[Mpi3-rma] MPI-3 UNIFIED model clarification

Pavan Balaji balaji at mcs.anl.gov
Tue Jul 30 19:49:20 CDT 2013

This is needed for UNIFIED.  If the hardware doesn't support this, it 
can still support SEPARATE.

On 07/30/2013 06:01 PM, Jeff Hammond wrote:
> I would really not like to use the very narrow scope of today's
> architectures to influence fundamental decisions like the RMA memory
> model.  Things are going to change...
> Jeff
> Sent from my iPhone
> On Jul 30, 2013, at 5:51 PM, Pavan Balaji <balaji at mcs.anl.gov> wrote:
>> While this might be true in the general case, I don't think this is true on any real network today.  Before the DMA is permitted, the cache is flushed/invalidated.
>> -- Pavan
>> On 07/30/2013 05:40 PM, Jed Brown wrote:
>>> Pavan Balaji <balaji at mcs.anl.gov> writes:
>>>> This is what I said is the disagreement in the WG.  I can pull up the
>>>> old email chain if needed, but I think others can too.  One side was
>>>> arguing that there's no such guarantee and you need to do a WIN_SYNC to
>>>> see the value.  The other side was arguing that the WIN_SYNC should not
>>>> be needed; FLUSH + SEND on the origin should be enough.
>>> Hmm, linux/Documentation/memory-barriers.txt says:
>>>    ----------------------
>>>    Not all systems maintain cache coherency with respect to devices doing
>>>    DMA.  In such cases, a device attempting DMA may obtain stale data
>>>    from RAM because dirty cache lines may be resident in the caches of
>>>    various CPUs, and may not have been written back to RAM yet.  To deal
>>>    with this, the appropriate part of the kernel must flush the
>>>    overlapping bits of cache on each CPU (and maybe invalidate them as
>>>    well).
>>>    In addition, the data DMA'd to RAM by a device may be overwritten by
>>>    dirty cache lines being written back to RAM from a CPU's cache after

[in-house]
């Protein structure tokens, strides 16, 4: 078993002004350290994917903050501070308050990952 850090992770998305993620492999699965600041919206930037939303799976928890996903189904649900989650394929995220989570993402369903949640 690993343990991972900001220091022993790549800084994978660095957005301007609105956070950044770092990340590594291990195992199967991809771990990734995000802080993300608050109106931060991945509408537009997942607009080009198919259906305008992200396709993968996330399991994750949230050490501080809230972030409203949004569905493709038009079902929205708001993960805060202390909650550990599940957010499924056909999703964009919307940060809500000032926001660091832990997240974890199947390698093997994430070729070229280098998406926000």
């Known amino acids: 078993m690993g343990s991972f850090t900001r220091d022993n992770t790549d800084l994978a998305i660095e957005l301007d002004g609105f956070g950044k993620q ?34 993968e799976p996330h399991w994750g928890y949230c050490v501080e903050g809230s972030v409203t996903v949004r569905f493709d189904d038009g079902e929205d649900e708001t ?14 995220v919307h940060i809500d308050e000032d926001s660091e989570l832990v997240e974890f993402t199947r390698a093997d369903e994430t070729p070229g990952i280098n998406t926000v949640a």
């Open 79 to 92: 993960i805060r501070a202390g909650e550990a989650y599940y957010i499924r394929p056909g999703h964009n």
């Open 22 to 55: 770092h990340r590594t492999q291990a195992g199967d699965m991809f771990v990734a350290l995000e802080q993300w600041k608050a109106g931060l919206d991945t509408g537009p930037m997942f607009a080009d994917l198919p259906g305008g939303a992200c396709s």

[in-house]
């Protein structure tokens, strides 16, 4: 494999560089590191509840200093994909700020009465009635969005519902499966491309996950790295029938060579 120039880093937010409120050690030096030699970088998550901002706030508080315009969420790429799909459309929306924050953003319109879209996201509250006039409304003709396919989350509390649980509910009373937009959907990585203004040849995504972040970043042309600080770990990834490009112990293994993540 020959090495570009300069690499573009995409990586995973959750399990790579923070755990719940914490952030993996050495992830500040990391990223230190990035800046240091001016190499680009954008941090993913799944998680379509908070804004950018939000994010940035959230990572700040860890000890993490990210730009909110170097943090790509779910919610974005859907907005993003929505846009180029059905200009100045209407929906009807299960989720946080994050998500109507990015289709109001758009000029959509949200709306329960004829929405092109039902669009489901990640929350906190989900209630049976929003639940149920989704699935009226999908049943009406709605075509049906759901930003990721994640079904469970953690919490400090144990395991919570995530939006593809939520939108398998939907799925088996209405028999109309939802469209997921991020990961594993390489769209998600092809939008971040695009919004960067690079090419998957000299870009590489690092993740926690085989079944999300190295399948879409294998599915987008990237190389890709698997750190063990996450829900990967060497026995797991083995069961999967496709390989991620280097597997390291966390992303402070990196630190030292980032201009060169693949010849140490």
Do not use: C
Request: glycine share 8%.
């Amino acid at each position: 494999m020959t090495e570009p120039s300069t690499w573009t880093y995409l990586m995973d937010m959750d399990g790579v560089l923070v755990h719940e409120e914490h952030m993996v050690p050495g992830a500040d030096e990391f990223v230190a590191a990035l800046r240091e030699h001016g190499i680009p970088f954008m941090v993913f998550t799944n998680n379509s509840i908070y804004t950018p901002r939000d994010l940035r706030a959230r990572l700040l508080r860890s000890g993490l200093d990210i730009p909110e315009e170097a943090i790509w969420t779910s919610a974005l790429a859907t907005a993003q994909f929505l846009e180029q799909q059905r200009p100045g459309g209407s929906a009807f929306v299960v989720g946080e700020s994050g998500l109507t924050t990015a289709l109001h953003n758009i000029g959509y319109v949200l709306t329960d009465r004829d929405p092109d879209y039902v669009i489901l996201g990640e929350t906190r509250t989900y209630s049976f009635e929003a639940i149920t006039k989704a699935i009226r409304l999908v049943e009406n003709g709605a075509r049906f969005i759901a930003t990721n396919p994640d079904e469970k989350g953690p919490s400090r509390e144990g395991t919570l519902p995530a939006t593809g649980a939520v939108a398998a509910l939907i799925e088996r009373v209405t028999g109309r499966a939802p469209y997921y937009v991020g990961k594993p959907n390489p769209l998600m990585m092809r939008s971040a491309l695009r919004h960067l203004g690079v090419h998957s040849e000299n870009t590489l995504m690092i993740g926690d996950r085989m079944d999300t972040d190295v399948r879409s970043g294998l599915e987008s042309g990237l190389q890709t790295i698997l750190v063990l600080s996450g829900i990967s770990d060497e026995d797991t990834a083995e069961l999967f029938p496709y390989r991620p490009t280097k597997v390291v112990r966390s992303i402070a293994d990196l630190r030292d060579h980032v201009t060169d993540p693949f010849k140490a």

>>>    the device has installed its own data, or cache lines present in the
>>>    CPU's cache may simply obscure the fact that RAM has been updated,
>>>    until at such time as the cacheline is discarded from the CPU's cache
>>>    and reloaded.  To deal with this, the appropriate part of the kernel
>>>    must invalidate the overlapping bits of the cache on each CPU.
>>> I've taken this to mean that you can't guarantee that a DMA write will
>>> "eventually" be visible to the CPU (because the cache line could hang
>>> around arbitrarily long).  Are implementations doing something here to
>>> ensure that cache on the target is invalidated after RDMA operations?
>>> I think (though not with confidence) that CPU cache invalidation will
>>> eventually (with a practical upper bound) propagate to other CPUs.
>>> Comparing to Alpha with split cache lines, one of the buses could be
>>> busy and thus not update despite proper memory ordering on the write
>>> end.  The implication is that each cache has a (fair?) queue and it
>>> cannot be arbitrarily long, though I've never seen a statement providing
>>> an upper bound on how long the cache bank could be busy.
>> --
>> Pavan Balaji
>> http://www.mcs.anl.gov/~balaji
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Pavan Balaji

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